Father’s Day at San Quentin – images of prison parenting

Many thanks to Shaul Cohen for the link to this photo montage of Father’s Day visits to San Quentin, California, US. The website details the annual Father’s Day event, “Get On The Bus” which brings children in California to visit their fathers in prison. According to The Center for Restorative Justice Works, the non-profit organization that runs the “Get on the Bus” programme, 60% of parents in state prison report being held over 100 miles (161 km) from their children. Regular prison visits seem to lower rates of recidivism for the parent, and also have benefits for the children in maintaining a relationship with their parents.

What struck me most about the montage, which includes images of children riding the bus, of parents and children reconnecting, and of fathers doing facepainting with their children, was these two images, of children wearing the purple t-shirts of the “Get on the Bus” programme, having their photos taken with their fathers, wearing prison-issue blue. In the visiting space there’s a backdrop of the Golden Gate bridge in San Francisco, and the smiling snapshots are taken in front of it. From the images it seems that the Golden Gate is not the only backdrop option, but its the one they’ve chosen for these images, or perhaps just the one that happened to be on offer on the day.

I’m intrigued about the role of this backdrop for the fathers and their children, and why they chose to have their photos taken in front of it.

Maybe the backdrop is just decorative – more decorative than the beige walls of the visiting space. Maybe it’s just conventional that a backdrop like this is used, like in a photographer’s portrait studio. Or maybe it’s there so that children showing these treasured images to their friends don’t need to explain where they were, or what was going on – although one might anticipate that the backdrop would raise more questions than it obscures.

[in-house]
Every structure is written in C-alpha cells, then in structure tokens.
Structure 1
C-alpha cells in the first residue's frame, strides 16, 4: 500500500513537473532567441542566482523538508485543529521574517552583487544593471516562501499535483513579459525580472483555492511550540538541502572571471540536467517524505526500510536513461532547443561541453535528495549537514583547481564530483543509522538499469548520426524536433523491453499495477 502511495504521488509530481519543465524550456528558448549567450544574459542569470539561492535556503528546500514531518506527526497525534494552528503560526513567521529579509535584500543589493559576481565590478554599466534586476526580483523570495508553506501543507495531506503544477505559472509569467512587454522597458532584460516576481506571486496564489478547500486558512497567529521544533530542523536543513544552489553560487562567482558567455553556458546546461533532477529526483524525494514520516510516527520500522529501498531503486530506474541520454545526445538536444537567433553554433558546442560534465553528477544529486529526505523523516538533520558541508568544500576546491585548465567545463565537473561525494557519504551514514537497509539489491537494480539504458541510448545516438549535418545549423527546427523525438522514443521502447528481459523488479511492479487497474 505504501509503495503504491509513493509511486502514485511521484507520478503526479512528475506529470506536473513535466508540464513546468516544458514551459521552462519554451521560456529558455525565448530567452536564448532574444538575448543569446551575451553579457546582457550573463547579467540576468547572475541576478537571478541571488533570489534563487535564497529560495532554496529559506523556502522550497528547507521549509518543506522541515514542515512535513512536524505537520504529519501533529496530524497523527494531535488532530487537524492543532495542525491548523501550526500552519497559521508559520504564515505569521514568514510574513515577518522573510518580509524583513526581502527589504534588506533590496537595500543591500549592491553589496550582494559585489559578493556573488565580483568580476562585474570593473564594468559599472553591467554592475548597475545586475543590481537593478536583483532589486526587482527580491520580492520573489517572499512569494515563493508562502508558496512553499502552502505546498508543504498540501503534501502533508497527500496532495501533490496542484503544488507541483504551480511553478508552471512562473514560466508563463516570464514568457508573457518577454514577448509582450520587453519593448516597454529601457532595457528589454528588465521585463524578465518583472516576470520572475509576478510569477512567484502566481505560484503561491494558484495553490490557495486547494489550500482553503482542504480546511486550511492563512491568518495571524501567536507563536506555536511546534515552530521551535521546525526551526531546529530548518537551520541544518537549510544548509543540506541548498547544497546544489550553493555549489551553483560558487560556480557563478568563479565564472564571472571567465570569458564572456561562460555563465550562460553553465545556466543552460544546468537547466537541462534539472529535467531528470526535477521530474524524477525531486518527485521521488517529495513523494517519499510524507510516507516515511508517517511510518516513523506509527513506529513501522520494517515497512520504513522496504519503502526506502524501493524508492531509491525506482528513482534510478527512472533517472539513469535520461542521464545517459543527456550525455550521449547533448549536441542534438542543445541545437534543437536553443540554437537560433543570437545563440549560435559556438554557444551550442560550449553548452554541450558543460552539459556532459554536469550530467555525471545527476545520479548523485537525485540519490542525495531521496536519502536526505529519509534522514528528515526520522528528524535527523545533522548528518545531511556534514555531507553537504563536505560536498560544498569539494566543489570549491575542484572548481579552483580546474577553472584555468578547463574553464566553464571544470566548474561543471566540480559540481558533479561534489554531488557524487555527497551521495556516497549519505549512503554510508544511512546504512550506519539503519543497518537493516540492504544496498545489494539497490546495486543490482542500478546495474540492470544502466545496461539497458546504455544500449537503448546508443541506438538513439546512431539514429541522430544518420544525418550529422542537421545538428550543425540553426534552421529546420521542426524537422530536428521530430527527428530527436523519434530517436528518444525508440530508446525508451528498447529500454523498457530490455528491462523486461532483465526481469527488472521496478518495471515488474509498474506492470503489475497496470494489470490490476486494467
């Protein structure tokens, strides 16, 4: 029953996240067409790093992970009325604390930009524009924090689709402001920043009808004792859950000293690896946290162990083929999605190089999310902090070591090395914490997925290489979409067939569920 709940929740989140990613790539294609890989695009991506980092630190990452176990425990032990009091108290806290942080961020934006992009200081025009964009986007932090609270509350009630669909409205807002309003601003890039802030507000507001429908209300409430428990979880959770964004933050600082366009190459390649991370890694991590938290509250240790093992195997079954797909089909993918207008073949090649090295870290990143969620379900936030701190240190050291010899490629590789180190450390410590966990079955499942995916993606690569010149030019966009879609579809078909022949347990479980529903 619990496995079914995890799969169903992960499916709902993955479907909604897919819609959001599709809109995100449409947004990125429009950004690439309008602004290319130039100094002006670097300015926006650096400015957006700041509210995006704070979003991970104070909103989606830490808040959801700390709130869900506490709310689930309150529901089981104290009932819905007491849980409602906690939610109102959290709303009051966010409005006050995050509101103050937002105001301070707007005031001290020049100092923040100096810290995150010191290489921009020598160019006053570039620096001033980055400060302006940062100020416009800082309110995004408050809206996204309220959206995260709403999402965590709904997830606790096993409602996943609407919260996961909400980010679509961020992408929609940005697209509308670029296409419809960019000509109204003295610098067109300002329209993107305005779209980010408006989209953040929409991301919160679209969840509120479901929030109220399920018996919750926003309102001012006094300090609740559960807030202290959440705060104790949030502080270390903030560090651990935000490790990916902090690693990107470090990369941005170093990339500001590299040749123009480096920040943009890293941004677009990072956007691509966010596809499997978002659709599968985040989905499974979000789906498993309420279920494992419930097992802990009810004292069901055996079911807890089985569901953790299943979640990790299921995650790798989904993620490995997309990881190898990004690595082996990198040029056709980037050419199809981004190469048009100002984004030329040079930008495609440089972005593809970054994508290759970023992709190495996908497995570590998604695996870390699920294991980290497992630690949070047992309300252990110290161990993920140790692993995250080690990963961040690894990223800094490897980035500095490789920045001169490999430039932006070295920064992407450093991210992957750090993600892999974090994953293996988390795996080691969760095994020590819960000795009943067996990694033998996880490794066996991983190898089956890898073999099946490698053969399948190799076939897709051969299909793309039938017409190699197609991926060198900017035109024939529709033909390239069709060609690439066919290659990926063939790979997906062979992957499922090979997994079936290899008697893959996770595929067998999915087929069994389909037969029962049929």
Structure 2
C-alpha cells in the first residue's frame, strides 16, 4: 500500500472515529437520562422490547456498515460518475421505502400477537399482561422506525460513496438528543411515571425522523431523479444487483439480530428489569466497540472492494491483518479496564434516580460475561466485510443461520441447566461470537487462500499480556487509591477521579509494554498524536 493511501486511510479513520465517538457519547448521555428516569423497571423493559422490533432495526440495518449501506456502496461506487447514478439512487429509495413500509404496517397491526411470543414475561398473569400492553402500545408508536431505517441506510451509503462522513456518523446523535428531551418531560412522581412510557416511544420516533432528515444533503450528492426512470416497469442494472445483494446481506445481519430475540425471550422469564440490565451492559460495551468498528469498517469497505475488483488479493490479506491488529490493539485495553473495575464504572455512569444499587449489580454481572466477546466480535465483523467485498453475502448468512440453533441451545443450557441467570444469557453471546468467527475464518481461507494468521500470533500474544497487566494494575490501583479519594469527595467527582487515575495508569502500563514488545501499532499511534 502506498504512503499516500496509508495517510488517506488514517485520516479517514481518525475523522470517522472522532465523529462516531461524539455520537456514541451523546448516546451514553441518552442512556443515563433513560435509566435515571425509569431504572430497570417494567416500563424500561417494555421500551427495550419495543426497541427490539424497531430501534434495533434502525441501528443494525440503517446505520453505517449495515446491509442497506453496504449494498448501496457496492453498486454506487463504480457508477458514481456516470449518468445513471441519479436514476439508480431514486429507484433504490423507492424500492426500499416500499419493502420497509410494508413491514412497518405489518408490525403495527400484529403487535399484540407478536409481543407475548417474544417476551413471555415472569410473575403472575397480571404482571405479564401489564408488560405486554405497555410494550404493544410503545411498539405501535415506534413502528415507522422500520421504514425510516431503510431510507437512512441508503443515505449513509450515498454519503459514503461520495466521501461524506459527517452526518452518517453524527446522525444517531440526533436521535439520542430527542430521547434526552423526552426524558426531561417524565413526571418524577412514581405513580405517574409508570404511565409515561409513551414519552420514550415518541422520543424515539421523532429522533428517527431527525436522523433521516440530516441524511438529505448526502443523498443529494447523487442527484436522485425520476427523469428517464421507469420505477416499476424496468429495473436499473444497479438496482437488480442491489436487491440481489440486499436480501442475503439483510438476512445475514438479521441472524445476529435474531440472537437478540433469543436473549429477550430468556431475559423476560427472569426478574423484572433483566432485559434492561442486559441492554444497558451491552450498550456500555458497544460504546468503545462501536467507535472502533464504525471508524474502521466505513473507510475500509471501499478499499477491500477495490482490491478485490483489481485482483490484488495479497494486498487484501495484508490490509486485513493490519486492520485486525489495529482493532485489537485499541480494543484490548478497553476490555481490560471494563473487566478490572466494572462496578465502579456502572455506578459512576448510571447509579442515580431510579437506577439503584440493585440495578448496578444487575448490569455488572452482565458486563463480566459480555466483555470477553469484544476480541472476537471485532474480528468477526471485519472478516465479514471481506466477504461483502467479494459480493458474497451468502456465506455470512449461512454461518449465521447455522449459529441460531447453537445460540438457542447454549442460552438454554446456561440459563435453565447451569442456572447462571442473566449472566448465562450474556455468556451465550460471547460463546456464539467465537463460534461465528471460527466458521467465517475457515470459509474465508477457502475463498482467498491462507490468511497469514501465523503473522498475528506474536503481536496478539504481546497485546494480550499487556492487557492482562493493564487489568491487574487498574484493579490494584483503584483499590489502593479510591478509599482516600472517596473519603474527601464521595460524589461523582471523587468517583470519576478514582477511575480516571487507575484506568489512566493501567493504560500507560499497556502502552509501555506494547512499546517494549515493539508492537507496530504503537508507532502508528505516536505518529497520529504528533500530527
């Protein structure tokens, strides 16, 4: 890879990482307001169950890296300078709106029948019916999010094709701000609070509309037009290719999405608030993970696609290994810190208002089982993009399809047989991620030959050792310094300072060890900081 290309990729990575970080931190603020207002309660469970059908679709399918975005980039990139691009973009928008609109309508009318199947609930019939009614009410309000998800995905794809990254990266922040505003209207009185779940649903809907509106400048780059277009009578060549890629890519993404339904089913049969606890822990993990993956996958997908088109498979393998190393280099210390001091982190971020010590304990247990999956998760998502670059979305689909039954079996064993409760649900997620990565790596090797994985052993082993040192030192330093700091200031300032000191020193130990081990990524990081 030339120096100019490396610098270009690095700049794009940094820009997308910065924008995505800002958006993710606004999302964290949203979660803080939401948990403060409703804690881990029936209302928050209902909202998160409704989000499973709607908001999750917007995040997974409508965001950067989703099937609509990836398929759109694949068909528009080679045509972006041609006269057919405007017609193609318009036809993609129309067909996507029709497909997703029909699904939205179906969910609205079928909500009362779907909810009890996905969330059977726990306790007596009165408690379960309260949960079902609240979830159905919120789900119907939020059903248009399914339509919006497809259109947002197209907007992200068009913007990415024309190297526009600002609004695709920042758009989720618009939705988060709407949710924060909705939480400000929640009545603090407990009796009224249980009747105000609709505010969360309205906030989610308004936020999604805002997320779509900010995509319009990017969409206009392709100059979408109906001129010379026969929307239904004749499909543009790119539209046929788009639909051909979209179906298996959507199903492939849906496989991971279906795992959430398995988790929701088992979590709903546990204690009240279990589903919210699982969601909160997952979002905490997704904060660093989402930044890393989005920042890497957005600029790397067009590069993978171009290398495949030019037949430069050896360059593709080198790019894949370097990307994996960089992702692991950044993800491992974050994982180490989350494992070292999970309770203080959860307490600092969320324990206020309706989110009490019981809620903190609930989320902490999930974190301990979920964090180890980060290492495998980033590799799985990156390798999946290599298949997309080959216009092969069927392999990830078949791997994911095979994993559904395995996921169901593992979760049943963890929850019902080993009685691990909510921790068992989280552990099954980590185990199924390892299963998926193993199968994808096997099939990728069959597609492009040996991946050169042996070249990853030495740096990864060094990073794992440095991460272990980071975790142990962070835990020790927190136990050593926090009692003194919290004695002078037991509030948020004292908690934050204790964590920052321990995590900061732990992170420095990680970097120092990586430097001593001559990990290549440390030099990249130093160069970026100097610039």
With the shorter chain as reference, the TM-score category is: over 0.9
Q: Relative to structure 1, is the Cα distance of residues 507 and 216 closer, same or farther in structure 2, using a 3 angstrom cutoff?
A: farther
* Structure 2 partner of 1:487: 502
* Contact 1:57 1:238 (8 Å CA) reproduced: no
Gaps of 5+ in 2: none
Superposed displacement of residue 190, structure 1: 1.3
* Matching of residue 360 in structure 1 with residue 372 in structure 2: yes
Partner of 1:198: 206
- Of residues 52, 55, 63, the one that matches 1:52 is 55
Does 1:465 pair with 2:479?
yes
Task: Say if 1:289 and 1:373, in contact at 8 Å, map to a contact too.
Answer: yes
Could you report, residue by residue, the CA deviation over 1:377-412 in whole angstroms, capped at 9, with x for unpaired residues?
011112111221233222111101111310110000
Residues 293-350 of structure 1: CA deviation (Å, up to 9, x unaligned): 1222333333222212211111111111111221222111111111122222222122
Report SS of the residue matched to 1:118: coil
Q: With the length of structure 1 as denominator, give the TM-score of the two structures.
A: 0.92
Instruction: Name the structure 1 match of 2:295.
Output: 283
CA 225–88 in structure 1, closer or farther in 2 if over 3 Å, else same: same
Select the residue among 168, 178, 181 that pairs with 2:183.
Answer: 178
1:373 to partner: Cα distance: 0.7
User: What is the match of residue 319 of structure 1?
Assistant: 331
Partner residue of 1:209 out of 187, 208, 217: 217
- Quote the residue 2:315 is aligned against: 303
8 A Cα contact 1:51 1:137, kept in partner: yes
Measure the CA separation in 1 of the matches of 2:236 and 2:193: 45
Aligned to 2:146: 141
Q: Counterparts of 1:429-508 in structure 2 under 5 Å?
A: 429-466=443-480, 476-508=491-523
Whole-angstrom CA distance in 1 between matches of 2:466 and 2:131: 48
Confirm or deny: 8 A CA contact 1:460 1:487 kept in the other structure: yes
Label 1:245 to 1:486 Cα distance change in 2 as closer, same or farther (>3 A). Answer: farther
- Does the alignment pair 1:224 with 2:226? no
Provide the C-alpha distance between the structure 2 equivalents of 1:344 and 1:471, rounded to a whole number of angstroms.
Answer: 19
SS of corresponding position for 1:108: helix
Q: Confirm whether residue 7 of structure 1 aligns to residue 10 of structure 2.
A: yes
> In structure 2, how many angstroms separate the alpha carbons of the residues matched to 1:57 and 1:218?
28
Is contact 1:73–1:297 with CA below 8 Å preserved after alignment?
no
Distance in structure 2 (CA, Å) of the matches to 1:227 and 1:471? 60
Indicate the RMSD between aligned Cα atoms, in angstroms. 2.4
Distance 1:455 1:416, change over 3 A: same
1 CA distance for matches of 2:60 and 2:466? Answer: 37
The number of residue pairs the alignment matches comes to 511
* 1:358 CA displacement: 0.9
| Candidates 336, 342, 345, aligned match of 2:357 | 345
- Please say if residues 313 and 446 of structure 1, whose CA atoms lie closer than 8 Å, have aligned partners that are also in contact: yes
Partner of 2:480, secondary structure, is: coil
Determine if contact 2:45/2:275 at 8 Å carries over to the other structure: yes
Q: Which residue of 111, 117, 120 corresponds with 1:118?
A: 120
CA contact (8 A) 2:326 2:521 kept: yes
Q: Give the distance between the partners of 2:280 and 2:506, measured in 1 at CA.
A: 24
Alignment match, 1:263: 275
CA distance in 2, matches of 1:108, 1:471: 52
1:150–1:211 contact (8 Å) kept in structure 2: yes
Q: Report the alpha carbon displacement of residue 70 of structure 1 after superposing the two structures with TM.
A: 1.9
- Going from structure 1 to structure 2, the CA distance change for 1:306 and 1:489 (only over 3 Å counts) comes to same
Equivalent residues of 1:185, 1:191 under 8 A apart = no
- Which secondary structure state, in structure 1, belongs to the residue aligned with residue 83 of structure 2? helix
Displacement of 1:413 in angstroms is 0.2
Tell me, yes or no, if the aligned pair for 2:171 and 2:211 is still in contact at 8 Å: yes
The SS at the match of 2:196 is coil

The backdrop image itself intrigues me too – by using a famous California landmark, there’s a reconnection to the locality, the state, and to the landscape that is familiar to the children and families on the outside. These images look almost like holiday snapshots – families on a day trip having their photo taken in front of the Golden Gate bridge. There’s an element of enactment here, heightened by the ‘stageset’ of the painted backdrop.

It’s a small detail, but perhaps a significant one in terms of understanding what goes on during prison visiting, and the ‘performances’ that are undertaken by both visitors and visited, especially when families are far apart, visits are few and far between, and everyone wants the visit to go well. It also gives a tantalising insight into what happens after the visits are over, and the importance of visual records of the visits themselves, both for parents and children, in terms of the maintenance of a narrative of parenting and family, when a parent is incarcerated.

The relationships between visiting and reduced recidivism, and visiting and children’s well being, have been observed in a range of contexts, but perhaps it is attention to details such as this, seemingly trivial issue of family photographs, that is key to understanding how these things are related to each other, and to enhancing these positive effects of visitation.

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